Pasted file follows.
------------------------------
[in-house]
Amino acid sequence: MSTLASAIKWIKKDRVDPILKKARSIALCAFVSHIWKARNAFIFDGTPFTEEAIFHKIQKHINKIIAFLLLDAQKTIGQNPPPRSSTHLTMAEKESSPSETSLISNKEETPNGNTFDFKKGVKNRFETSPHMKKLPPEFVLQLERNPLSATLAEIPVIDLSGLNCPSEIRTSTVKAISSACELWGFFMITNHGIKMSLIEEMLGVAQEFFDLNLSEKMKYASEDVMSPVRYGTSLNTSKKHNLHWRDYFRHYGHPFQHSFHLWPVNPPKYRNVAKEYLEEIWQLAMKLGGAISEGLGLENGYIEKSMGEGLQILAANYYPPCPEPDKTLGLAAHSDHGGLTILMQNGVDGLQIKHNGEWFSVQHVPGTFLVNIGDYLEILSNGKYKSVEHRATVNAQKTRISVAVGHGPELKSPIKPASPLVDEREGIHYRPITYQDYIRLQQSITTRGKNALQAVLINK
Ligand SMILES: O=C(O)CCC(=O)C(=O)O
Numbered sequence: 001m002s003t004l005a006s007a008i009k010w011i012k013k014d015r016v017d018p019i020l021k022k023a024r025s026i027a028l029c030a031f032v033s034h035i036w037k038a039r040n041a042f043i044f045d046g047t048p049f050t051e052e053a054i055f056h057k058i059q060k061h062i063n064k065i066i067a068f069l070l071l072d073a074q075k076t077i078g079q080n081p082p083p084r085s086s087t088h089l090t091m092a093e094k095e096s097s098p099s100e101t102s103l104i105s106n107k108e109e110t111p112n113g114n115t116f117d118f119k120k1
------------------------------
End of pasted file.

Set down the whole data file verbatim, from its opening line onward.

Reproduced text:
[in-house]
Amino acid sequence: MSTLASAIKWIKKDRVDPILKKARSIALCAFVSHIWKARNAFIFDGTPFTEEAIFHKIQKHINKIIAFLLLDAQKTIGQNPPPRSSTHLTMAEKESSPSETSLISNKEETPNGNTFDFKKGVKNRFETSPHMKKLPPEFVLQLERNPLSATLAEIPVIDLSGLNCPSEIRTSTVKAISSACELWGFFMITNHGIKMSLIEEMLGVAQEFFDLNLSEKMKYASEDVMSPVRYGTSLNTSKKHNLHWRDYFRHYGHPFQHSFHLWPVNPPKYRNVAKEYLEEIWQLAMKLGGAISEGLGLENGYIEKSMGEGLQILAANYYPPCPEPDKTLGLAAHSDHGGLTILMQNGVDGLQIKHNGEWFSVQHVPGTFLVNIGDYLEILSNGKYKSVEHRATVNAQKTRISVAVGHGPELKSPIKPASPLVDEREGIHYRPITYQDYIRLQQSITTRGKNALQAVLINK
Ligand SMILES: O=C(O)CCC(=O)C(=O)O
Numbered sequence: 001m002s003t004l005a006s007a008i009k010w011i012k013k014d015r016v017d018p019i020l021k022k023a024r025s026i027a028l029c030a031f032v033s034h035i036w037k038a039r040n041a042f043i044f045d046g047t048p049f050t051e052e053a054i055f056h057k058i059q060k061h062i063n064k065i066i067a068f069l070l071l072d073a074q075k076t077i078g079q080n081p082p083p084r085s086s087t088h089l090t091m092a093e094k095e096s097s098p099s100e101t102s103l104i105s106n107k108e109e110t111p112n113g114n115t116f117d118f119k120k1